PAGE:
“It gives law enforcement additional eyes on the road,” said the spokeswoman for the Safety Council of the Palm Beaches, Donna Bryan. “Everyone should have an interest in getting impaired drivers off the roads because it could be someone who hits your loved one.”

Palm Beach’s Mobile Eyes program has been operating since 2001 and has reportedly led to hundreds of DUI arrests. But recently, the program was promoted as a way to earn a little extra holiday cash this season.

To most this seems like a win-win situation. Drunk drivers are taken off the road and the person responsible for the arrest earns themselves $100 for the holidays.

So what’s the problem with rewards for reporting drunk drivers?

I’m sure Palm Beach County officials report exactly how many actual drunk drivers are arrested as a result of the program. But I highly doubt they report how many innocent people were stopped and investigated for a possible DUI as a result of the program.

Although well-intentioned, the program encourages people to call 911 on drivers who may or may not be driving drunk simply because there is the possibility of receiving $100. And, what’s more, these people have absolutely no personal knowledge that the driver is actually drunk.

Unfortunately, people are not reporting drunk driving. They’re reporting driving errors, any of which can be interpreted as drunk driving. Everybody makes mistakes while driving. In fact, it might be fair to say that no driving excursion is flawless. This necessarily means that everyone on the road is a target of Mobile Eyes and anyone can be arrested on suspicion of DUI simply because someone else could make $100 for reporting a mistake.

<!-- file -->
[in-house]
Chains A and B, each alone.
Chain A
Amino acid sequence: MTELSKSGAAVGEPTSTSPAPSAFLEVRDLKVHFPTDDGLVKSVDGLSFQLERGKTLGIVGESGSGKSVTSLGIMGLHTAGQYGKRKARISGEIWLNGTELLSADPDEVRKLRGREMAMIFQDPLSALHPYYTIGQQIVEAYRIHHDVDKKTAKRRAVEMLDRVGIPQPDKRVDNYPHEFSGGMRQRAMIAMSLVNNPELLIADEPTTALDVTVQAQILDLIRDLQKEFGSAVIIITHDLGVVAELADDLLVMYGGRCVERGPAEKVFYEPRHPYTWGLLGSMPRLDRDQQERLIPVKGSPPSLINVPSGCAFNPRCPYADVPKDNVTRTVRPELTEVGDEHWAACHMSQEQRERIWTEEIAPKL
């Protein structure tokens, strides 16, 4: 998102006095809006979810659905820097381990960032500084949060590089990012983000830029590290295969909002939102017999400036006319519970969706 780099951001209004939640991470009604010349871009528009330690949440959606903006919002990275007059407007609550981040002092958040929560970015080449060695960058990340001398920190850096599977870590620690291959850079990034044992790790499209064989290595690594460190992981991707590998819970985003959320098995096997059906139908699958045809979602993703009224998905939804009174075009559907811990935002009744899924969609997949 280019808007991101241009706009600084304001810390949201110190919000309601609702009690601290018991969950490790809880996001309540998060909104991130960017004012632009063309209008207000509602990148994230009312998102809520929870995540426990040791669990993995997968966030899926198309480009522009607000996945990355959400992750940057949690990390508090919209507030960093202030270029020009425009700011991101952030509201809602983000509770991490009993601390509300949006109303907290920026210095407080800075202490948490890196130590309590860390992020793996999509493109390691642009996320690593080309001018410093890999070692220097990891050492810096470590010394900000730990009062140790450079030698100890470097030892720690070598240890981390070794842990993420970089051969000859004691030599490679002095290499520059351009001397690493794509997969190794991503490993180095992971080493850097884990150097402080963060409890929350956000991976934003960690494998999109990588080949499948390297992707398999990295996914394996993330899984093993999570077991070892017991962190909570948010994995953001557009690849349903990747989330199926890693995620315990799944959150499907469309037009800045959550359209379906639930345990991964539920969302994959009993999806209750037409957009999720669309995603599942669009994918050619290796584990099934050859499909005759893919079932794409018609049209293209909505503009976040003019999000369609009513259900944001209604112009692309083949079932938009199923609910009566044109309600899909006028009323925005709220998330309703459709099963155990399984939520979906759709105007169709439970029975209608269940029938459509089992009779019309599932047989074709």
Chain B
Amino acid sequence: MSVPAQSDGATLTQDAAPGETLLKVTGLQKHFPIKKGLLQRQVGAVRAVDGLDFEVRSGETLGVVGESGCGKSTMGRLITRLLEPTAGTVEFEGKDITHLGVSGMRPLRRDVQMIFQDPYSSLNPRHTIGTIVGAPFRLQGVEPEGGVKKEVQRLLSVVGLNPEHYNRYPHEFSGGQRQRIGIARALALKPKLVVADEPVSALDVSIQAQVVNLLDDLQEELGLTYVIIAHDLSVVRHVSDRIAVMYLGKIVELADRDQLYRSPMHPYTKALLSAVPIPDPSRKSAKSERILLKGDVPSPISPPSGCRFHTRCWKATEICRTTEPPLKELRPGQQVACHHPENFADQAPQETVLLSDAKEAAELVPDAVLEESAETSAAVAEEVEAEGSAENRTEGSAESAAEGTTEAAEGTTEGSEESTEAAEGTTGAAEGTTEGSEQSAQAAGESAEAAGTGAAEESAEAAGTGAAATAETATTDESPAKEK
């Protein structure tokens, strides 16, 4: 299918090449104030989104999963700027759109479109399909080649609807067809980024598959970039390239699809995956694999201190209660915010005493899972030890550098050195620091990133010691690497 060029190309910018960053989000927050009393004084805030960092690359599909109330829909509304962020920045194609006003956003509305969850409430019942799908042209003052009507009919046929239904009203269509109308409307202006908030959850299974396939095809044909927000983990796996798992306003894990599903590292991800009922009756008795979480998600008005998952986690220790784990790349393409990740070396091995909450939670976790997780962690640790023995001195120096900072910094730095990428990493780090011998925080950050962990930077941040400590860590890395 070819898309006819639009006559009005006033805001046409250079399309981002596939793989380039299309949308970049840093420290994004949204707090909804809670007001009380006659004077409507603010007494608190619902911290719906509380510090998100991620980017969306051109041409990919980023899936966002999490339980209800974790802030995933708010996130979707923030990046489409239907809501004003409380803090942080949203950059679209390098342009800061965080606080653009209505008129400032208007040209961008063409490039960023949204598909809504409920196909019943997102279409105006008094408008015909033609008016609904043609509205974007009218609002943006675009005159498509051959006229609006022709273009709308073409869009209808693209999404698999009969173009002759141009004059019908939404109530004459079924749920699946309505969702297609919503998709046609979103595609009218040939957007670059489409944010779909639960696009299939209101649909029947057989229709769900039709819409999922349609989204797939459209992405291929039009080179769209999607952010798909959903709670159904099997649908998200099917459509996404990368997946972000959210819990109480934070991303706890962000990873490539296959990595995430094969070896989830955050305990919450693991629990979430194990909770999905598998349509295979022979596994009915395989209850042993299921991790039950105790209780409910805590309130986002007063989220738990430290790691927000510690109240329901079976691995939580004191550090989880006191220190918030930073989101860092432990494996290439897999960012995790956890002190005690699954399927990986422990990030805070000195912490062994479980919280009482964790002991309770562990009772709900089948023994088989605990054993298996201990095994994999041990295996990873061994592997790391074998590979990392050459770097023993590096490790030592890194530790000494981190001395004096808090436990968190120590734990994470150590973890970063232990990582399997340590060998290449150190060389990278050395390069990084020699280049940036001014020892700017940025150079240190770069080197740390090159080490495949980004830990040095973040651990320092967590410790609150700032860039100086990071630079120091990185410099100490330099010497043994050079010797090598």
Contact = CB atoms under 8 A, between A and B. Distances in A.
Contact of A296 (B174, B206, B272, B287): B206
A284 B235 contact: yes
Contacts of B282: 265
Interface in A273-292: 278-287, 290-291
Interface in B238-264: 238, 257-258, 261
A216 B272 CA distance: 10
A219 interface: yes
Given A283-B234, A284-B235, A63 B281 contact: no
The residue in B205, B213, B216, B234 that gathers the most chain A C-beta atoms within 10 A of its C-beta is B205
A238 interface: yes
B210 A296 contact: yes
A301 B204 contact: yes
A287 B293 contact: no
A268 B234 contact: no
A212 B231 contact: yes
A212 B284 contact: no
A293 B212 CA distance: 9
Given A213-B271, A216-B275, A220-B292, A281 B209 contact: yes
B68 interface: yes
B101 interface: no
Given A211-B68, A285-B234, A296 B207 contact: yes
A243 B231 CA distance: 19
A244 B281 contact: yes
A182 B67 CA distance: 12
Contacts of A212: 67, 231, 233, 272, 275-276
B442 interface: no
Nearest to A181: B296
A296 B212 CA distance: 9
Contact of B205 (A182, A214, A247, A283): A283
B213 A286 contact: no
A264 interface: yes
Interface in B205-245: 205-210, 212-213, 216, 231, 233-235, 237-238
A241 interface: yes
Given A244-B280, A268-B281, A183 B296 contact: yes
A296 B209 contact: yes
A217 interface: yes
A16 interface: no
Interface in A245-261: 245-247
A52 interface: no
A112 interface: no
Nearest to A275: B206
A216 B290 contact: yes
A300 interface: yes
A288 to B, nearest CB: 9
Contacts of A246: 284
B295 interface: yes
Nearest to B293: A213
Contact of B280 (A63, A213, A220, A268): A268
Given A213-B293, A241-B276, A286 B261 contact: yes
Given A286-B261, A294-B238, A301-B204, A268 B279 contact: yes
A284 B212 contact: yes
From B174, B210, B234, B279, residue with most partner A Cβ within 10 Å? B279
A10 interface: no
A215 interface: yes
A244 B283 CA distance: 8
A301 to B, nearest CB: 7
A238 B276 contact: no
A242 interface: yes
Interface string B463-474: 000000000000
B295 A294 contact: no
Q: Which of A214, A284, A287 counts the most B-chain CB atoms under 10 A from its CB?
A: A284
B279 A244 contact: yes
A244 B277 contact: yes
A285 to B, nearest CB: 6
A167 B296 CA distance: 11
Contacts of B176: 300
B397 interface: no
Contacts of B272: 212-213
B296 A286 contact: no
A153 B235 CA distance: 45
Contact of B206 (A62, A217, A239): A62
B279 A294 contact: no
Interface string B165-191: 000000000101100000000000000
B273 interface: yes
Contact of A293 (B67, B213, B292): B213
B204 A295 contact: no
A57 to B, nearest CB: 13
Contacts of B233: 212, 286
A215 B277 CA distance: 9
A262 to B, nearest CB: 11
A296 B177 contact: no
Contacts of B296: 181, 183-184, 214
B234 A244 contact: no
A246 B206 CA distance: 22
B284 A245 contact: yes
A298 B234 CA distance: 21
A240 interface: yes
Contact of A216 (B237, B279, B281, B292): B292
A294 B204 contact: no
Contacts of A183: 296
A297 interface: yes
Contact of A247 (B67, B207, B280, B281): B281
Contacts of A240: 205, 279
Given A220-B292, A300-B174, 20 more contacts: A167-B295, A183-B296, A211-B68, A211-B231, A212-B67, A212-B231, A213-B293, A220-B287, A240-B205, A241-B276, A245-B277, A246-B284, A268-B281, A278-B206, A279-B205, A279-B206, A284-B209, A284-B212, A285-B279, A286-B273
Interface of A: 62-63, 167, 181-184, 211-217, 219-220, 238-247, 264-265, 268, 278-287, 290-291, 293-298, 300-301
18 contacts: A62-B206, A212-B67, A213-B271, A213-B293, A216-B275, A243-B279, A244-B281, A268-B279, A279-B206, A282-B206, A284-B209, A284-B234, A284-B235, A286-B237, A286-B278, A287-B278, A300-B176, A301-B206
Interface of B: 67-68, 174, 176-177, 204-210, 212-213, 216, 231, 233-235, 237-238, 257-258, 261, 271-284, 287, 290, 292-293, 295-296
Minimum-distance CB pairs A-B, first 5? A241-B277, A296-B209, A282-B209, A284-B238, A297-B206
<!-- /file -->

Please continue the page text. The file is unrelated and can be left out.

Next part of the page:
Ok, so someone calls 911 to report a possible drunk driver. Does the tip give law enforcement the right to stop a driver when the officers, themselves, saw nothing to indicate that the driver is driving drunk?

According to the United States Supreme Court, the answer is yes.

In the case of Navarette v. California, the United States Supreme Court held that an anonymous tip gives law enforcement the authority to pull someone over on suspicion of driving under the influence. This is true even though it is impossible to verify the reliability of the tip and the officer has not witnessed any driving that would indicate intoxication.

In his dissent, Justice Scalia voiced the same concerns I expressed above:

“Drunken driving is a serious matter, but so is the loss of our freedom to come and go as we please without police interference. To prevent and detect murder we do not allow searches without probable cause or targeted Terry stops without reasonable suspicion. We should not do so for drunken driving either. After today’s opinion all of us on the road…are at risk of having our freedom of movement curtailed on suspicion of drunkenness, based upon a phone tip, true or false, of a single instance of careless driving.”

After the Navarette decision, not only is it acceptable to assist law enforcement in violating the Constitution, now in Palm Beach County, we’re actually rewarding people for doing so.